In Indian languages, seeme badnekai/ chow chow (Kannada), Vilayati vangi (Marathi), Maerakkai/ chow chow/ Bangalore kathrikai(Tamil),
Capsicum - Available in red, green, orange and yellow varieties. Called Pepper in America.
In India green capsicum is commonly available.
Celeriac / Celery root - Can be eaten raw or cooked.
It stores less starch compared to other root vegetables
Celery - leaves, seeds, stalks are used in cooking.Red Chard
Chard - Similar to beets.
With green leaves and red stems.
Cluster beans - Gavar - Gorikai
Cluster beans - Gavar - Gorikai
Collards - This leafy green vegetable is also known as tree-cabbage and is rich in
vitamins and minerals.
Corn / Maize - North American native vegetable.
Cress - small peppery sprouts. Known as Halim(Hindi), Aliv(Marathi), alavibija/ allibija (Kannada) etc.
Cauliflower / Phool gobi / hookosu - Cabbage family vegetable. Mostly the white head is eaten raw or cooked.
The leaves and the stem also can be eaten.
Cabbage - Gobi - Kobi - Kosu is available in green and purple varieties.
Used to make subji, snacks, salads etc.
Carrot - Gajar - Gajjari is a root vegetable. Available in orange, red, yellowish varieties.
Used to make sweets, salads, snacks, vegetable side dishes.Green cucumber
Green cucumber - Traditionally used raw in salads.
The cucumber grows quickly and holds lots of water. Good to use in summer salads./>Dill - shepu - suva
- Leafy green dill is good for digestion. Dill leaves can be used raw in salads or cooked along with lentils.
- Morianga or drumstick is known as Sehajan/sahajan ki phalli(Hindi), shevgyachya shenga (Marathi), Nuggekai (Kannada), Muringakkai (Tamil) .
Leaves and pods are used in cooking. Very nutritious and has medicinal properties too.
Eggplant - Brinjal - Aubergin
Fenugreek leaves - Methi
Fenugreek leaves are known as Methi (Hindi, Marathi, Bengali, Gujrati, Konkani, Oriya).
Menthye soppu (Kannada), vendhaya keerai(Tamil), mentu akulu(Telugu).
- Shepu / Suva - helps digestions
A variety of gourds
Gourds - It is a fruit vegetable. Bitter gourd, bottle gourd, white gourd, snake gourd, cucumbers, squashes, and melons.
Hyacinth / Lablab Bean / Flat Beans / Field Beans
In other Indian languages it is known as chapparadavare, chikkadikai (Kannada), avari, mochai (Tamil), anumulu, chikkudu (Telugu), mochakotta (Malayalam), sem, ballar (Hindi), val papdi (Gujarati), pavta, val (Marathi), lilva.
The skin is removed and the seeds/beans are used. The skin is not edible by us. Skin is used as cattle feed.
Hyacinth / Lablab Bean / Flat Beans / Field Beans - After removing skin
Known as avarekalu/ avarekai(Kannada), pavta (Marathi). The beans after the outer skins removed are used in snacks, curries, rice dishes etc.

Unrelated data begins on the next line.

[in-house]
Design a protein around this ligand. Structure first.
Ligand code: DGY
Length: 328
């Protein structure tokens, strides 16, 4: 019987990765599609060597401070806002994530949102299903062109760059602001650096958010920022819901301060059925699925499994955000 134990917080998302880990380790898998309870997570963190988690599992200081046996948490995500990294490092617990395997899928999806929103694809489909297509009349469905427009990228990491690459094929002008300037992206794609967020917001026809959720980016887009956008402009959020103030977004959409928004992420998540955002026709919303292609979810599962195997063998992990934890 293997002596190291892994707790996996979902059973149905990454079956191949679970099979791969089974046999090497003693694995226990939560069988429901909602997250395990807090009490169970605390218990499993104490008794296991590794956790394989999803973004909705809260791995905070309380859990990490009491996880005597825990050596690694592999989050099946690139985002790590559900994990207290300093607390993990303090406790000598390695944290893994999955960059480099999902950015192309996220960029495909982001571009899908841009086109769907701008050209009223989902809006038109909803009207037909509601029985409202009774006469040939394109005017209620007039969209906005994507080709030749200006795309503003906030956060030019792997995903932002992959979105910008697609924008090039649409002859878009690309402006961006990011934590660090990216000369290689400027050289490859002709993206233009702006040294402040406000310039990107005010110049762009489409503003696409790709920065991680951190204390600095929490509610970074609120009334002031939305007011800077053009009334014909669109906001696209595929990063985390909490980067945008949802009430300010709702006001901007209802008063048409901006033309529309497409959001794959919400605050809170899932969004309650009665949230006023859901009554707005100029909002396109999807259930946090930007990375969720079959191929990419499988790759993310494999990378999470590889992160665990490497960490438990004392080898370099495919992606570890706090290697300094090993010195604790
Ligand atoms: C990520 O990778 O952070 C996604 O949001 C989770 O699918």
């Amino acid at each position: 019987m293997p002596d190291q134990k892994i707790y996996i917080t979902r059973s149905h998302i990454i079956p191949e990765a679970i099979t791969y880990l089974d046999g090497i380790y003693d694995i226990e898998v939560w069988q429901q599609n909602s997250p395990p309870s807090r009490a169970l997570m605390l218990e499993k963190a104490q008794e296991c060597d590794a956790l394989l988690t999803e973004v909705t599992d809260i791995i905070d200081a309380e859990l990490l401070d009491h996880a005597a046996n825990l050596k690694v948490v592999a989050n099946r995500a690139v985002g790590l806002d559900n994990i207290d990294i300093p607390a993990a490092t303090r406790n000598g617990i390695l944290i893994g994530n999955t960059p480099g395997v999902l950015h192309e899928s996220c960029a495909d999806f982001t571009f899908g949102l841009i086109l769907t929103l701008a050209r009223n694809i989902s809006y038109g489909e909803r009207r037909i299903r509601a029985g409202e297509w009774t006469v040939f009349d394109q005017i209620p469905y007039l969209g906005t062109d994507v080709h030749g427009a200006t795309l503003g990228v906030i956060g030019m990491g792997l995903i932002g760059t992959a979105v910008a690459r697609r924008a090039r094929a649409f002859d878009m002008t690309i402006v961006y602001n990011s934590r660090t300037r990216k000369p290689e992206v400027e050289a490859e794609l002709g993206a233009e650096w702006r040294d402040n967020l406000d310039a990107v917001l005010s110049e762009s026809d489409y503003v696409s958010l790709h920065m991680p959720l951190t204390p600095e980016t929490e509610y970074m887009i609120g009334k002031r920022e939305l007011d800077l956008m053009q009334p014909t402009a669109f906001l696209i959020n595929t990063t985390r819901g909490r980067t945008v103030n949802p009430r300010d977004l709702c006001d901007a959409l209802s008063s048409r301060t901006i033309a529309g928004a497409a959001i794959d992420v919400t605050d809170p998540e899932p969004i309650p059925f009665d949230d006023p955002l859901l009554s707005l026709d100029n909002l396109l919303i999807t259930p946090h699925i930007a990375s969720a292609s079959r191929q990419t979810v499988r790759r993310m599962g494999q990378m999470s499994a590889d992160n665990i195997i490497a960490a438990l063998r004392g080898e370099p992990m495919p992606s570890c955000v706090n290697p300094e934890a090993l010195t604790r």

Ivy gourd - tondli - tendli - kovai - tindora - donda kaya - tonde kai
Kales is a variety of cabbage but the leaves do not form a head.Kohlrabi - Knolkol - Navalkol
Kohlrabi - knolkol - Navalkol is a member of the turnip family.
It can be either purple or white.
Go to the top of this alphabetical list of vegetables page
Lettuce - lots of green leaves used as a mainstay of
Leeks - The national vegetable of Wales.
Mushrooms - not technically a vegetable, but a far older member of the plant kingdom.
Mushrooms do not use sunlight to produce energy, hence they have a completely different range of tastes than any other vegetable.
Mustard greens - Sarson ke patte / saag
katuku keerai (Tamil), Ava akulu (Telugu) , mohorichi pane (Marathi) , etc.
Okra - Gumbo - Lady's finger - Bhindi
Okra - also called 'ladies fingers' or gumbo.
Ethiopia and is a North
African staple, is popular in Europe, Asia and America.
Onion - Available in red, white. Also in small and big sized./>Parsnips
Parsnip - The sweet, starchy parsnip is a root vegetable.
- These are the fruit of the Capsicum family of plants.
The hotter tasting ones are usually referred to as chilies. See bell pepper.
Potatoes - Everyone loves potatoes, a root vegetable.Pumpkin - Kaddu - Bhopla
Pumpkin Yellow - A popular gourd vegetable used in cooking.
In Indian languages, pumpkin is known as kaddu (Hindi), bhopla (Marathi), kumbalkai (Kannada), poosanikai (Tamil), Gummadi Kayi (Telugu) etc.
Red and green pumpkin is also available. The insides of all pumpkins is yellowish / orangish.
Red radish / Daikon Radish - rich in ascorbic acid (vitamin C), folic acid (foliate), and Potassium, the radish is a peppery vegetable popular in western and Asian cookery. The leaves can also be eaten in salads.
Rhubarb - A plant with large leaves.
Rhubarb was originally native to
China but has been popular in Europe since Roman times.
Ridge gourd / Luffa is known in Indian languages as dodka, turai, hirekai etc.
Rutabaga - Alternative name for Swede. Is also known as swedish turnips, yellow turnips, neeps and tumshies.
Go to the top of this alphabetical list of vegetables
Shallots are - Small onions in red and white color. Also known as Pearl onions and baby onions.